Today is Leonard Nimoy – Spock’s – 81st birthday. It’s an occasion that provides an opportunity to reflect on the most iconic science fiction character of the television and film age.
Most great personalities in literature, stage and screen touch a nerve, speaking to – and perhaps for – millions. How did a pointy-eared, green-blooded Jewish boy from Boston pull it off?
Much of Spock’s success comes from the nature of Star Trek itself, which, beginning in 1966, transported square pegs into a 23rd Century with few round holes.
Spock was different: half human and half Vulcan. The later is a race that substituted logic for emotion. This duality – constantly combating human emotions – put Spock at odds in both worlds, in neither of which he was totally accepted.
In the human sphere, Spock’s talents – super-smarts, super-strength, and a Vulcan Nerve Pinch that settled most arguments – made him invaluable, yet perhaps not totally equal, to his peers. And, to be sure, Spock’s assimilation was not without complication. In one hiccup, his colleagues realized their favorite alien goes into heat every seven years. This must have come to a shock to Captain Kirk, whose mating cycle kicked into gear every seven minutes.
In an additional hitch, if Spock did not quickly meet the woman of his dreams (where was J-Date when he needed it?), he’d become a murderous psychopath and then drop dead. When Spock had a bad day, it was epic.
But he had good days, too. With Spock as a central character, Star Trek proved that science fiction has something to say about what we’re capable of. And while traveling at warp speed may ultimately prove impossible, everyday heroism is within reach.
There should be little disagreement that the best Trek episode was its second feature film, in which Spock, upon realizing that only his Vulcan genes could withstand a deadly radiation leak long enough to repair the ship’s engines, sprung into action. He single-handedly repaired the warp drive and saved the ship, unflinchingly making the ultimate sacrifice.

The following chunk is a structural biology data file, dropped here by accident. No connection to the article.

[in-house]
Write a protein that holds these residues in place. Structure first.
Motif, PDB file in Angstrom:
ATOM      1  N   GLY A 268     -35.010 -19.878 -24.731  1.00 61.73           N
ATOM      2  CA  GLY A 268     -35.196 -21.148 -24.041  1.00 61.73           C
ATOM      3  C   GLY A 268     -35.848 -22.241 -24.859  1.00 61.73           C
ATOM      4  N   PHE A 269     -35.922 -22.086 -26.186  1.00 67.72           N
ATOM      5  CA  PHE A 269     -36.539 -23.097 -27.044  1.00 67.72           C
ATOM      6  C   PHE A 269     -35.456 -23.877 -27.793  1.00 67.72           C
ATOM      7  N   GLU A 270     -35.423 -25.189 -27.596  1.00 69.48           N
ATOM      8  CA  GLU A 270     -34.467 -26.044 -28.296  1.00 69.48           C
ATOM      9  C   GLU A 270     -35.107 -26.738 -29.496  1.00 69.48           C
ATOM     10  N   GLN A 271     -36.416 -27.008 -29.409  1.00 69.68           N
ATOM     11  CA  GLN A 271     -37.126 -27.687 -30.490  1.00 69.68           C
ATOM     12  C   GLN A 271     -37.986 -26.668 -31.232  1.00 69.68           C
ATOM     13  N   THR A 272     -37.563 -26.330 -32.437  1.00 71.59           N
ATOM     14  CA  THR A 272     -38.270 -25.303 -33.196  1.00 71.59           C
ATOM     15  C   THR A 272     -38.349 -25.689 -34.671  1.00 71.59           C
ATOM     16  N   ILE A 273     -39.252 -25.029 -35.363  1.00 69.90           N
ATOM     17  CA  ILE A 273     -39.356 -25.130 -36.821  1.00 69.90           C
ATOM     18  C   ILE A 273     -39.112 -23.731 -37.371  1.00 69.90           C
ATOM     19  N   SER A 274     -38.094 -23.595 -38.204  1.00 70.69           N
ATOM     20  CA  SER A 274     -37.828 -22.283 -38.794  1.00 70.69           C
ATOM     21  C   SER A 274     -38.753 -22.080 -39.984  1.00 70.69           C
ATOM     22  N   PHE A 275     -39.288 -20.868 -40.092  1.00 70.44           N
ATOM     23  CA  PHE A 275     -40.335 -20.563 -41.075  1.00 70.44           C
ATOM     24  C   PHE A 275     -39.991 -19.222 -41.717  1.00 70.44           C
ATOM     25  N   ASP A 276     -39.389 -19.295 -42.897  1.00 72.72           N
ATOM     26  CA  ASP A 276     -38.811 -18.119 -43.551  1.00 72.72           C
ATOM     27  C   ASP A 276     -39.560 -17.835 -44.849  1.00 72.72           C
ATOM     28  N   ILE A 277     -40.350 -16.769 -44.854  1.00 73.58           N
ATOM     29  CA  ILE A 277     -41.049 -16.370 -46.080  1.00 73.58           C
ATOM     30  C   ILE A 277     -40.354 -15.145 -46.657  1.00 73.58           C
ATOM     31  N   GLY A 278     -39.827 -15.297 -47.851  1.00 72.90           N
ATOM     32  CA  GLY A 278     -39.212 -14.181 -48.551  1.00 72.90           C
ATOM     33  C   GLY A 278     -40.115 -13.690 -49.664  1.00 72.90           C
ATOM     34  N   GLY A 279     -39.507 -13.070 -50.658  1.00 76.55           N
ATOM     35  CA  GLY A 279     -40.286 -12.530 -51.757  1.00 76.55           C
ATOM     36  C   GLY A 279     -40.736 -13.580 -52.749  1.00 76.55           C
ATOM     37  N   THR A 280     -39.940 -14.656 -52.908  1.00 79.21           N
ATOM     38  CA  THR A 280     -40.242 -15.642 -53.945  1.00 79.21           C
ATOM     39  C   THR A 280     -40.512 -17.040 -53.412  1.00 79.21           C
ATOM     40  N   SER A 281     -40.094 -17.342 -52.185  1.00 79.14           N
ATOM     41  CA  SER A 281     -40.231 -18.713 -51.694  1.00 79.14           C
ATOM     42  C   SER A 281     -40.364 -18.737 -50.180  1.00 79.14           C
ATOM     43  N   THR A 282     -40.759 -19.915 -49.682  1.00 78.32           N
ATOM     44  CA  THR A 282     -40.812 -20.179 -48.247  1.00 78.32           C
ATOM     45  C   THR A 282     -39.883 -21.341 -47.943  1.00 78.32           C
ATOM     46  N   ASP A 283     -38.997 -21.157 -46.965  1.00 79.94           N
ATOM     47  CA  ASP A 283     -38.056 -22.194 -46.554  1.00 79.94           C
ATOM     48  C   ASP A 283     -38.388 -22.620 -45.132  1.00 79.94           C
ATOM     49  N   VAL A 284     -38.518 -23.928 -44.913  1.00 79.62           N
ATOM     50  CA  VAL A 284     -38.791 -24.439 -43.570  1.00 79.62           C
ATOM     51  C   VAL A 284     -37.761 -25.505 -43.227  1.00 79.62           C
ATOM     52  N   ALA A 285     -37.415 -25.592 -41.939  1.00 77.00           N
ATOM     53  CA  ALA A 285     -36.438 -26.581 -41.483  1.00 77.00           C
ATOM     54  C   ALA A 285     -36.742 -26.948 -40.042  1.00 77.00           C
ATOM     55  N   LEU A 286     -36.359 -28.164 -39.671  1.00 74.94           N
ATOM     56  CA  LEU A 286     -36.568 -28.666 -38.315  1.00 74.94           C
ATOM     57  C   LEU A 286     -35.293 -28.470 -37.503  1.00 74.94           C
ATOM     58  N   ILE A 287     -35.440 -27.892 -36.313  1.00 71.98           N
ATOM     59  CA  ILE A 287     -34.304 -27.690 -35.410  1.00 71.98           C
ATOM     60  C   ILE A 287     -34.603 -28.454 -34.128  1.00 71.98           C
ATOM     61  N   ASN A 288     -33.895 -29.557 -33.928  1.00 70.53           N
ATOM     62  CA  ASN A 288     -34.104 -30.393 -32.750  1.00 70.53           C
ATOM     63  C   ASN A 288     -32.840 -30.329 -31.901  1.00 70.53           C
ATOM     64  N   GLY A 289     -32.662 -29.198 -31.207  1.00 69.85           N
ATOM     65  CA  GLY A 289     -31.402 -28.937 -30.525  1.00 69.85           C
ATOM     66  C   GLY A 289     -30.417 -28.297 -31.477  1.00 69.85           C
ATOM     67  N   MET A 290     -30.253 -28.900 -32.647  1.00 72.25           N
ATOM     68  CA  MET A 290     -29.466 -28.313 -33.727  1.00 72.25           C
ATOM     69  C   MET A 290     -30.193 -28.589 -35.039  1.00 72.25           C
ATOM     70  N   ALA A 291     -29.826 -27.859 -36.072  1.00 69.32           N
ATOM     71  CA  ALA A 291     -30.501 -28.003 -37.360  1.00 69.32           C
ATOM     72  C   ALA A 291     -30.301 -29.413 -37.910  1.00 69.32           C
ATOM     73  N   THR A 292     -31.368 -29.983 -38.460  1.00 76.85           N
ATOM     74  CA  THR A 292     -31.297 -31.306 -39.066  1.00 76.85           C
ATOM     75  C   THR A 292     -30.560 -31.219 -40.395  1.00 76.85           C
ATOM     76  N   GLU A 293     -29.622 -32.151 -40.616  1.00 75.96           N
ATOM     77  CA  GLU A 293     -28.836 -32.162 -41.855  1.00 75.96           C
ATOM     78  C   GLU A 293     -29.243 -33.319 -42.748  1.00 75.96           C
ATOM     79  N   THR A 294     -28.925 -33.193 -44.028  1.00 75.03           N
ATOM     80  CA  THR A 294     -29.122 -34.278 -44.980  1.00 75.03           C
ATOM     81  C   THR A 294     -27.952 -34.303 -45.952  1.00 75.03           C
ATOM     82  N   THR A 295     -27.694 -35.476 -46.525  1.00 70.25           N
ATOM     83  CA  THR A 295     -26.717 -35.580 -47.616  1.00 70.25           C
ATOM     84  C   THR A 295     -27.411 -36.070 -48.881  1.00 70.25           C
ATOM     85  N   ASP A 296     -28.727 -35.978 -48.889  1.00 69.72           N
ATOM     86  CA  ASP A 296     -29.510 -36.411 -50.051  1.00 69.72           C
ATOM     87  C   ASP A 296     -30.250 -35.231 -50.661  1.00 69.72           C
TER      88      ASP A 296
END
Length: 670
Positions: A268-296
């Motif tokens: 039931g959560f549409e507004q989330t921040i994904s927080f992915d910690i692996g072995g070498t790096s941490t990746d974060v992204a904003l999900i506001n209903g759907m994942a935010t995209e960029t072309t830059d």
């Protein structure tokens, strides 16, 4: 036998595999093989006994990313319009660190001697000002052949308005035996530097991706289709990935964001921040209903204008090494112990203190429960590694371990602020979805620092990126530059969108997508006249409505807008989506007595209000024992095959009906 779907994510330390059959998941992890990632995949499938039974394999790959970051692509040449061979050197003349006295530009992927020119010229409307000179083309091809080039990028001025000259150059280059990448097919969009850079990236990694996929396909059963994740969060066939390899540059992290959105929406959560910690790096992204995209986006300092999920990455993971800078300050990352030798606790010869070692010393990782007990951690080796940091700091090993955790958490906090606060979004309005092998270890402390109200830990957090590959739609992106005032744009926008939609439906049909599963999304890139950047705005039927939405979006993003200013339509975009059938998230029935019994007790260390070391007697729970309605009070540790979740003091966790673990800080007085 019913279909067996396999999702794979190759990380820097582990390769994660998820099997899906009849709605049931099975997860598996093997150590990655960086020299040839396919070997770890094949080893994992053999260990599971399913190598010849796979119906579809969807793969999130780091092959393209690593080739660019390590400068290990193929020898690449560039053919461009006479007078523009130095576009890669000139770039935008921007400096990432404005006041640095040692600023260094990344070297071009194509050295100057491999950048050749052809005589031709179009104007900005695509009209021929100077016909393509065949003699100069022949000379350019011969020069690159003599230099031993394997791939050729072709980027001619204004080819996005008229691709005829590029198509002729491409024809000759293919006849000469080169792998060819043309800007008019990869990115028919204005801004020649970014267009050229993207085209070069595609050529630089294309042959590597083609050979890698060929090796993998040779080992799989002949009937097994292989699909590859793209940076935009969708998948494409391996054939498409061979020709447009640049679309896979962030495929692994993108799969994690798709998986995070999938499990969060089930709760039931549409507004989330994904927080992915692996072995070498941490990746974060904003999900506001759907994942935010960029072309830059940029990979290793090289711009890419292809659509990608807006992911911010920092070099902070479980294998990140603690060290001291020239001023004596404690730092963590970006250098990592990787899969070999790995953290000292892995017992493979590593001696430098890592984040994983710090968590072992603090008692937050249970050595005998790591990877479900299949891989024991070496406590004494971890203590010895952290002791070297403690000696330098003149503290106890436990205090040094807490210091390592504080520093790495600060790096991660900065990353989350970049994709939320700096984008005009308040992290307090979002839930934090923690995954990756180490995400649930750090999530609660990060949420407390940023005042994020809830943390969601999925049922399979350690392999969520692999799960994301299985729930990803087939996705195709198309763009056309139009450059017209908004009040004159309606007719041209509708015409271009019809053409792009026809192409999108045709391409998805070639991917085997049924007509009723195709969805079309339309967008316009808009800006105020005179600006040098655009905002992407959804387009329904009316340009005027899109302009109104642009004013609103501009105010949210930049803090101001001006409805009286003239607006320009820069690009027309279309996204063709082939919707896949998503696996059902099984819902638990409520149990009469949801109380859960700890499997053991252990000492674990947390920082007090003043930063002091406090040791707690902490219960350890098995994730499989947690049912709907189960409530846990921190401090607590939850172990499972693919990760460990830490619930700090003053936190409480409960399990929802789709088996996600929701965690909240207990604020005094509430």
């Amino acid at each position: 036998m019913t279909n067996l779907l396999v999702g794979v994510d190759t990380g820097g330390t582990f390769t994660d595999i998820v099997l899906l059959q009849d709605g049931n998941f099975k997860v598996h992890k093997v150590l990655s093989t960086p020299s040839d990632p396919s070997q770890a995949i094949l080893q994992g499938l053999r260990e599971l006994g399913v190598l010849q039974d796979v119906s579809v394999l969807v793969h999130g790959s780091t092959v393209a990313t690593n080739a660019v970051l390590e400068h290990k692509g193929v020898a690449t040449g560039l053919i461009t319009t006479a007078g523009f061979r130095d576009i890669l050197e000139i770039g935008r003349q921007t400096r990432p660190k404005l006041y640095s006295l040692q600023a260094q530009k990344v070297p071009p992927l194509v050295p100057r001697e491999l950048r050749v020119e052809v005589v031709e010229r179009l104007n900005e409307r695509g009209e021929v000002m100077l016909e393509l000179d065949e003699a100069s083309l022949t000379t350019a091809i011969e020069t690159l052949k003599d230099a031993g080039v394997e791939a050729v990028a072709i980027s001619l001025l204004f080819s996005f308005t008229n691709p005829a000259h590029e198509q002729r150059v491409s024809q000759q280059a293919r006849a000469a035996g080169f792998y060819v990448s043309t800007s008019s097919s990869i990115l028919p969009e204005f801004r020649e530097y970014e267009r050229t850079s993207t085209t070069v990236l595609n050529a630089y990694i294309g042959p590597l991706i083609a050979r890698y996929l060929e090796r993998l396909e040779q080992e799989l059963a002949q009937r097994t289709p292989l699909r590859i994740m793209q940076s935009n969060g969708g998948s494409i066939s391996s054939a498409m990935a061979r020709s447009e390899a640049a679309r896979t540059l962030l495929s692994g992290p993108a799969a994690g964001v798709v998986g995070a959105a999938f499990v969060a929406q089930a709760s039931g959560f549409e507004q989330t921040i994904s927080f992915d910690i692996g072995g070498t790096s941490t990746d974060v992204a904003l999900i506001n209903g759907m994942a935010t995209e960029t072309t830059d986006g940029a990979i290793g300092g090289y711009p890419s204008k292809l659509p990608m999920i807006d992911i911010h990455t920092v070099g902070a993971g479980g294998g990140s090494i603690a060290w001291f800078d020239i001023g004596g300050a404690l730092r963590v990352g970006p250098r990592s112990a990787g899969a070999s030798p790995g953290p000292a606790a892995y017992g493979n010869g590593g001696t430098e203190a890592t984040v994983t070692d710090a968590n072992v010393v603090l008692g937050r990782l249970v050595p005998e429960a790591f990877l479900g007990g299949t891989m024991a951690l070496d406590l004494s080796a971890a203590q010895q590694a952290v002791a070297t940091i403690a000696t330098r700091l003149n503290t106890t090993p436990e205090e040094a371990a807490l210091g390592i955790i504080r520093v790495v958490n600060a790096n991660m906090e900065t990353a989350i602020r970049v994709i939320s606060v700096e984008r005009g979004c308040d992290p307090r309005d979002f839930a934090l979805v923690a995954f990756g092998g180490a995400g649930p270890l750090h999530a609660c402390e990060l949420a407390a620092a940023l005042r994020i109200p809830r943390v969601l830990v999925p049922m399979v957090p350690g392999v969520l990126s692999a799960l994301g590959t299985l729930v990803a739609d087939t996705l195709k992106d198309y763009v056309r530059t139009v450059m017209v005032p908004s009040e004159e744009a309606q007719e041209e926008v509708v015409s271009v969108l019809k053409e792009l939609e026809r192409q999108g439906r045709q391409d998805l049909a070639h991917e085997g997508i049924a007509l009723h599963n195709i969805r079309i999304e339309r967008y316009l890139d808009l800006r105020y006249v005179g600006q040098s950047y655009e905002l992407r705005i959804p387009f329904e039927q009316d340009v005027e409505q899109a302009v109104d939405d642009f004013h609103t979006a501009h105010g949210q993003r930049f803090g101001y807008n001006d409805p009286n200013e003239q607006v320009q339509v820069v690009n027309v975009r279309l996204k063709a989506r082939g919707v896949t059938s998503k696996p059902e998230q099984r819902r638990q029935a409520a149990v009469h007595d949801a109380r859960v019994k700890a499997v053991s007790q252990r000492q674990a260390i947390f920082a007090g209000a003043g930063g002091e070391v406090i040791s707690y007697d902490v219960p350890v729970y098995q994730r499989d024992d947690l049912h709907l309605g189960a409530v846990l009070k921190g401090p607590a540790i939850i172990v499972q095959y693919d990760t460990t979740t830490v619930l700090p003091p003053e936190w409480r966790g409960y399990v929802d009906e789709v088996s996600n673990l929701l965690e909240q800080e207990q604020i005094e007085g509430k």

“It is logical,” said Spock. “The needs of the many outweigh the needs of the few or the one.” Every subsequent sequel was superfluous.
Stardate 10.24.2002: a fellow Star Trek enthusiast, with pants and I.Q. hiked up a little too high, invited me to see Nimoy speak about his rather odd book of photography. The Seattle Times described the tome as “a black-and-white volume that mixes female nudes with Jewish religious imagery.”
Whatever. It was an excuse to see my favorite Vulcan in person. But I was surprised to find a 71-year-old struggling with the value of his artistic contributions. It hadn’t previously occurred to me that this would be the case, although it makes sense.
Imaginings of the 23rd Century aside, many men aspire to be more like Captain Kirk. If given a choice, we’d rather beam down to fight villains hand-to-hand, always getting the (green) girl. Is it possible that coming up short of that, even with the wealth generated by sci-fi-phenom-fuled-fame, might leave one feeling lacking? I suppose so. But had I the opportunity to speak to Mr. Nimoy, I would have told him to buck up, for the Geeks Shall Inherit the World.
Live long and prosper, Spock.
Dan Sytman, whose birthday also falls on March 26, lives in the Seattle-area, humored by his wife and two kids. He's pictured here in 1977.